The cyber minefield

In late January, the Royal Air Force found that it had been the target of a cyberattack in which hackers forwarded e-mail messages from multiple facilities to an IP address somewhere in Russia. The attack, which was an e-mail worm, forced the British Ministry of Defence to shut down e-mail servers to prevent the worm from spreading and sending more sensitive data.

Like the virus that struck the Defense Department's Global Information Grid late last year — an attack that was apparently introduced by a USB thumb drive or other removable media — the attack is notable because of its scale and that it was made public. The networks of DOD and its coalition partners are under constant attack, and the attackers steal sensitive data with frightening frequency.

As Brian Robinson and I report in this month's special report, data theft is hardly the only threat – and nailing down the responsible parties for attacks is difficult at best. Cyber warfare is the most asymmetric form of warfighting — a single person or small group can wreak havoc on the economies of whole countries and compromise the effectiveness of military operations. Attackers have advantages over defenders and can strike from anywhere in the network-connected world. Deterrence is difficult, if not impossible, and there are many legal and political barriers to taking decisive action against systems involved in a cyberattack.

But cyber warfare is a two-edged sword. It also offers an opportunity for intelligence, reconnaissance and surveillance because the military can use software to collect information about potential adversaries, monitor discussions in cyberspace and attribute real-world activities, such as last year's terrorist attacks in Mumbai. Voice-over-IP traffic was reportedly detected and used to help trace the coordination of the attacks back to Pakistan.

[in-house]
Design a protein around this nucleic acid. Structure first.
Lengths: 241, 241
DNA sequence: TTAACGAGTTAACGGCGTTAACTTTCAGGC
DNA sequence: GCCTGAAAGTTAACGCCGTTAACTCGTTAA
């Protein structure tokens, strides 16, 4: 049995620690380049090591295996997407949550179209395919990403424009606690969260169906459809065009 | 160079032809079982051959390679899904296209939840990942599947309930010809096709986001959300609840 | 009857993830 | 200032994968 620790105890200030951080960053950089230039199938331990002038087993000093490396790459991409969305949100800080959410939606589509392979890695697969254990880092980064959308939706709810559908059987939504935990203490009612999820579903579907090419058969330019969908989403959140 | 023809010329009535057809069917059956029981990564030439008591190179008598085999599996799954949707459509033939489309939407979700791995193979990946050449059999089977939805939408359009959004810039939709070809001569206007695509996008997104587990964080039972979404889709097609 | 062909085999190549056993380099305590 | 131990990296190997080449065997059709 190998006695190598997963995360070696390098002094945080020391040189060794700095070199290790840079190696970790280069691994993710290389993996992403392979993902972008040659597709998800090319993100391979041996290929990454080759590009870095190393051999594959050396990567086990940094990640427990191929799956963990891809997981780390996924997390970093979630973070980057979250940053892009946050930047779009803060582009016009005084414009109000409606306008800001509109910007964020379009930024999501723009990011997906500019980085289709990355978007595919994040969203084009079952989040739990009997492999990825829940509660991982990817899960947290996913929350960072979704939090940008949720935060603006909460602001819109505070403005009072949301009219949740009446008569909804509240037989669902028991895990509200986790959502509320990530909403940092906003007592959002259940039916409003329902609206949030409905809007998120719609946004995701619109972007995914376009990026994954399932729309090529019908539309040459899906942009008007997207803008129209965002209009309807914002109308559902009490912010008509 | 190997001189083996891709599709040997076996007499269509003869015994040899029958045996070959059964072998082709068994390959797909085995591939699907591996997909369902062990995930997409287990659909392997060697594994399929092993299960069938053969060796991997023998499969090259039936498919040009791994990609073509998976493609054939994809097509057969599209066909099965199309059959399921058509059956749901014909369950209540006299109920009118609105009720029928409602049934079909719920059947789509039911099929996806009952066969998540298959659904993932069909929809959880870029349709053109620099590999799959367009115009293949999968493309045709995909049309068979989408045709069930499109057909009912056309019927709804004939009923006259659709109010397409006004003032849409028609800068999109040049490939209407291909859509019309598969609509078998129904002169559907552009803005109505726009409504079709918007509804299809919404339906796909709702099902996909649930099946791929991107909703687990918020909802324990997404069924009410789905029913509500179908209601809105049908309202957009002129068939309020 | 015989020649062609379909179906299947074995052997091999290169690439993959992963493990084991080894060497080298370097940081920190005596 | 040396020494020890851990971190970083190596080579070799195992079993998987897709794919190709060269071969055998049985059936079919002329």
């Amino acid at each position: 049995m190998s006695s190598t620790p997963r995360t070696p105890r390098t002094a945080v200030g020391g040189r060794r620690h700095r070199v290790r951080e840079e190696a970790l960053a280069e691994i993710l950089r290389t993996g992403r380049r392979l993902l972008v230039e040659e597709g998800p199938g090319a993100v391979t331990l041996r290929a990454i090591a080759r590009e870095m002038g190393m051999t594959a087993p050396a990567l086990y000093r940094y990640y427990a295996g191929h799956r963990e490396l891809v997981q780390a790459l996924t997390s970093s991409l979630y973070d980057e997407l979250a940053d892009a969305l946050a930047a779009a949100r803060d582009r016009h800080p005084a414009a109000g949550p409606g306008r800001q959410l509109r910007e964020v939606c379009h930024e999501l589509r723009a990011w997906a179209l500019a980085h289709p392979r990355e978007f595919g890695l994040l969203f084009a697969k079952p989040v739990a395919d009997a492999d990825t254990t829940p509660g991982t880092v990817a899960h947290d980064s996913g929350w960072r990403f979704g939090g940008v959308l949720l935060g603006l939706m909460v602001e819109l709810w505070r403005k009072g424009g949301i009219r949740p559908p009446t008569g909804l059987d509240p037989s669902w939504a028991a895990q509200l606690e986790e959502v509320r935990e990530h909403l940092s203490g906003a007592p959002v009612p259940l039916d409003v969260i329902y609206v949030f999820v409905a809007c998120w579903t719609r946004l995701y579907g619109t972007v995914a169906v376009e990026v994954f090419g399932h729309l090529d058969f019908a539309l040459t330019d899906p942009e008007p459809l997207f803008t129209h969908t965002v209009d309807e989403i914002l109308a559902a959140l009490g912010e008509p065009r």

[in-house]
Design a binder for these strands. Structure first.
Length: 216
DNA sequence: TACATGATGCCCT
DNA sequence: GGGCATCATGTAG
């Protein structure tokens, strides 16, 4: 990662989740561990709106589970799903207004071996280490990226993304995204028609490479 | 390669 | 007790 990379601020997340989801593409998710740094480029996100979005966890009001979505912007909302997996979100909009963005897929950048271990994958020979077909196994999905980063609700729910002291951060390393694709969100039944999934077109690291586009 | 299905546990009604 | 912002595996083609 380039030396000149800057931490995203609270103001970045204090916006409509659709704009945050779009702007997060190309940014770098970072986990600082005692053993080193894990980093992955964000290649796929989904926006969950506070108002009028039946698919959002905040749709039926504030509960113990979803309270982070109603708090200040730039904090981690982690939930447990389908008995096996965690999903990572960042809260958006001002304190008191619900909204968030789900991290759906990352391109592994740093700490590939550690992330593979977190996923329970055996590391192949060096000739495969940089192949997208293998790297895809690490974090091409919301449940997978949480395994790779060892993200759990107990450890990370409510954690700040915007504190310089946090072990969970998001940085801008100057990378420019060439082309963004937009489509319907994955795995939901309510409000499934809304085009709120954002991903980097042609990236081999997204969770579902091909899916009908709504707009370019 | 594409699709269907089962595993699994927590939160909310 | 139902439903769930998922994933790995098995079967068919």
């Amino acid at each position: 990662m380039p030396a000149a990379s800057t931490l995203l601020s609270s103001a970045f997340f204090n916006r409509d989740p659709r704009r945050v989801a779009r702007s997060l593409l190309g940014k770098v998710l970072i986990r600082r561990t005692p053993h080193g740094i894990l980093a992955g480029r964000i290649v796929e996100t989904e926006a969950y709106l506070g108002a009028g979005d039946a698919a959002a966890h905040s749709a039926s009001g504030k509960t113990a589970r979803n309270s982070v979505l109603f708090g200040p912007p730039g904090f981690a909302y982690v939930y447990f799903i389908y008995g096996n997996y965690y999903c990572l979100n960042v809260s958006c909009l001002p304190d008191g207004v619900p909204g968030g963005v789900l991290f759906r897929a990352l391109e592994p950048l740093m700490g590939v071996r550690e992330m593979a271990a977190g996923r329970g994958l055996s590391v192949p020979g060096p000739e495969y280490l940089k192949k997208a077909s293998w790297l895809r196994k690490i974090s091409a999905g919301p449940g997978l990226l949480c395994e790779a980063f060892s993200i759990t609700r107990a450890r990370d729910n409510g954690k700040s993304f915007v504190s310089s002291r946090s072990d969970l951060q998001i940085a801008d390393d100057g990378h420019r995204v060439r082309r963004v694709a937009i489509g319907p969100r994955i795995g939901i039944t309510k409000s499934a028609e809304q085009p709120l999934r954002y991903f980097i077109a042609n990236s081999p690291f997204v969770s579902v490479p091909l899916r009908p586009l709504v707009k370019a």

With China aiming to establish a dominant military presence in cyberspace and exploit it for national gain, it's never been more crucial for DOD, the federal government and private industry to collaborate in defending networks and building a capacity for information sharing on cyber threats. As Mark Gerencser, vice president of Booz Allen Hamilton, said recently, the United States’ cyber operations have been like a football team trying to play soccer. To effectively address the cyber threat, we need to change the way we play the game and collaborate across organizational lines.

My interview with Gerencser is part of the online companion to this month's special report on

Confronting the attacks on DOD network assets will require more automation and better enforcement of information assurance policies. But the only way to neutralize cyberattacks as a weapon is for better, centralized coordination and information sharing on threats. And that's going to require more than technology.

About the Author

Sean Gallagher is senior contributing editor for Defense Systems.

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